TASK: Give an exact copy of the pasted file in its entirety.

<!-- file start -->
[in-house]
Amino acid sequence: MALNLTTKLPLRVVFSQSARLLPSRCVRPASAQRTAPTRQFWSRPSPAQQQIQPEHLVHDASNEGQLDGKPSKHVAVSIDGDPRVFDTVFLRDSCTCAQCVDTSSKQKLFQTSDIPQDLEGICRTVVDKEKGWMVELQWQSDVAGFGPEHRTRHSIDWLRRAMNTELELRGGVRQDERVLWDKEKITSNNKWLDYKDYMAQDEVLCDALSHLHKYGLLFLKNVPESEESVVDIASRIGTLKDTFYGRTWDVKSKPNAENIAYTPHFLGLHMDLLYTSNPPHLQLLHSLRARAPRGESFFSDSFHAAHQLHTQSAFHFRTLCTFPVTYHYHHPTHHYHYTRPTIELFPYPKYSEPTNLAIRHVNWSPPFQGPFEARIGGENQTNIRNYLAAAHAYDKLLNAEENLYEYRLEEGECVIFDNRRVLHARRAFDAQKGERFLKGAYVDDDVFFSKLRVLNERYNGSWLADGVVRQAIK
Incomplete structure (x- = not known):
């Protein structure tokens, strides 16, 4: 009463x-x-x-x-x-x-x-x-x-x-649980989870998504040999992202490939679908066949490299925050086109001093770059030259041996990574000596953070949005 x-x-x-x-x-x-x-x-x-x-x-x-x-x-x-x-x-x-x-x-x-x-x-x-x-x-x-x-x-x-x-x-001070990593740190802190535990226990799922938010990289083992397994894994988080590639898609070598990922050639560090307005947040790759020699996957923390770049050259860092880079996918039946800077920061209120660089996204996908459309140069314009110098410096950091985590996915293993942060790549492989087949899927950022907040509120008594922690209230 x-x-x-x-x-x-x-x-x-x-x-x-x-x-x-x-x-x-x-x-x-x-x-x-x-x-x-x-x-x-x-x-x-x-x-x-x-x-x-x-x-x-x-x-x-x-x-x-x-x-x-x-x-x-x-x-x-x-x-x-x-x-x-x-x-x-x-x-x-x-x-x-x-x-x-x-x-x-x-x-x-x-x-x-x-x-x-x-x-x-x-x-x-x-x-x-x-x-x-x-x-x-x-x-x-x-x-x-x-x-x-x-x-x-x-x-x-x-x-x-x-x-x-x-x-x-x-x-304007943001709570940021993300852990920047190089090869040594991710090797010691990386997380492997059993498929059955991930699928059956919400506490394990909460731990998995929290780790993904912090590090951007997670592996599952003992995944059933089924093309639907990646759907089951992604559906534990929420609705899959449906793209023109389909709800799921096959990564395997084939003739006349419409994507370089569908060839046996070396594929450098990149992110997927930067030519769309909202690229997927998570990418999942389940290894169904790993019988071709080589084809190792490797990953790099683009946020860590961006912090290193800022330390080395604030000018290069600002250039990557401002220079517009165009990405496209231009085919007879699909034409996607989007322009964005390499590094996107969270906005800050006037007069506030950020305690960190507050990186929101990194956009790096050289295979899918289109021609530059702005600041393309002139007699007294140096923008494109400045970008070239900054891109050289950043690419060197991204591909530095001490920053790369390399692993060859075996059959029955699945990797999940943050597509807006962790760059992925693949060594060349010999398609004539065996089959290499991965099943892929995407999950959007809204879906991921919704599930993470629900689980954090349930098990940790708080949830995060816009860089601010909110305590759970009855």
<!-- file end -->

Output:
[in-house]
Amino acid sequence: MALNLTTKLPLRVVFSQSARLLPSRCVRPASAQRTAPTRQFWSRPSPAQQQIQPEHLVHDASNEGQLDGKPSKHVAVSIDGDPRVFDTVFLRDSCTCAQCVDTSSKQKLFQTSDIPQDLEGICRTVVDKEKGWMVELQWQSDVAGFGPEHRTRHSIDWLRRAMNTELELRGGVRQDERVLWDKEKITSNNKWLDYKDYMAQDEVLCDALSHLHKYGLLFLKNVPESEESVVDIASRIGTLKDTFYGRTWDVKSKPNAENIAYTPHFLGLHMDLLYTSNPPHLQLLHSLRARAPRGESFFSDSFHAAHQLHTQSAFHFRTLCTFPVTYHYHHPTHHYHYTRPTIELFPYPKYSEPTNLAIRHVNWSPPFQGPFEARIGGENQTNIRNYLAAAHAYDKLLNAEENLYEYRLEEGECVIFDNRRVLHARRAFDAQKGERFLKGAYVDDDVFFSKLRVLNERYNGSWLADGVVRQAIK
Incomplete structure (x- = not known):
């Protein structure tokens, strides 16, 4: 009463x-x-x-x-x-x-x-x-x-x-649980989870998504040999992202490939679908066949490299925050086109001093770059030259041996990574000596953070949005 x-x-x-x-x-x-x-x-x-x-x-x-x-x-x-x-x-x-x-x-x-x-x-x-x-x-x-x-x-x-x-x-001070990593740190802190535990226990799922938010990289083992397994894994988080590639898609070598990922050639560090307005947040790759020699996957923390770049050259860092880079996918039946800077920061209120660089996204996908459309140069314009110098410096950091985590996915293993942060790549492989087949899927950022907040509120008594922690209230 x-x-x-x-x-x-x-x-x-x-x-x-x-x-x-x-x-x-x-x-x-x-x-x-x-x-x-x-x-x-x-x-x-x-x-x-x-x-x-x-x-x-x-x-x-x-x-x-x-x-x-x-x-x-x-x-x-x-x-x-x-x-x-x-x-x-x-x-x-x-x-x-x-x-x-x-x-x-x-x-x-x-x-x-x-x-x-x-x-x-x-x-x-x-x-x-x-x-x-x-x-x-x-x-x-x-x-x-x-x-x-x-x-x-x-x-x-x-x-x-x-x-x-x-x-x-x-x-304007943001709570940021993300852990920047190089090869040594991710090797010691990386997380492997059993498929059955991930699928059956919400506490394990909460731990998995929290780790993904912090590090951007997670592996599952003992995944059933089924093309639907990646759907089951992604559906534990929420609705899959449906793209023109389909709800799921096959990564395997084939003739006349419409994507370089569908060839046996070396594929450098990149992110997927930067030519769309909202690229997927998570990418999942389940290894169904790993019988071709080589084809190792490797990953790099683009946020860590961006912090290193800022330390080395604030000018290069600002250039990557401002220079517009165009990405496209231009085919007879699909034409996607989007322009964005390499590094996107969270906005800050006037007069506030950020305690960190507050990186929101990194956009790096050289295979899918289109021609530059702005600041393309002139007699007294140096923008494109400045970008070239900054891109050289950043690419060197991204591909530095001490920053790369390399692993060859075996059959029955699945990797999940943050597509807006962790760059992925693949060594060349010999398609004539065996089959290499991965099943892929995407999950959007809204879906991921919704599930993470629900689980954090349930098990940790708080949830995060816009860089601010909110305590759970009855």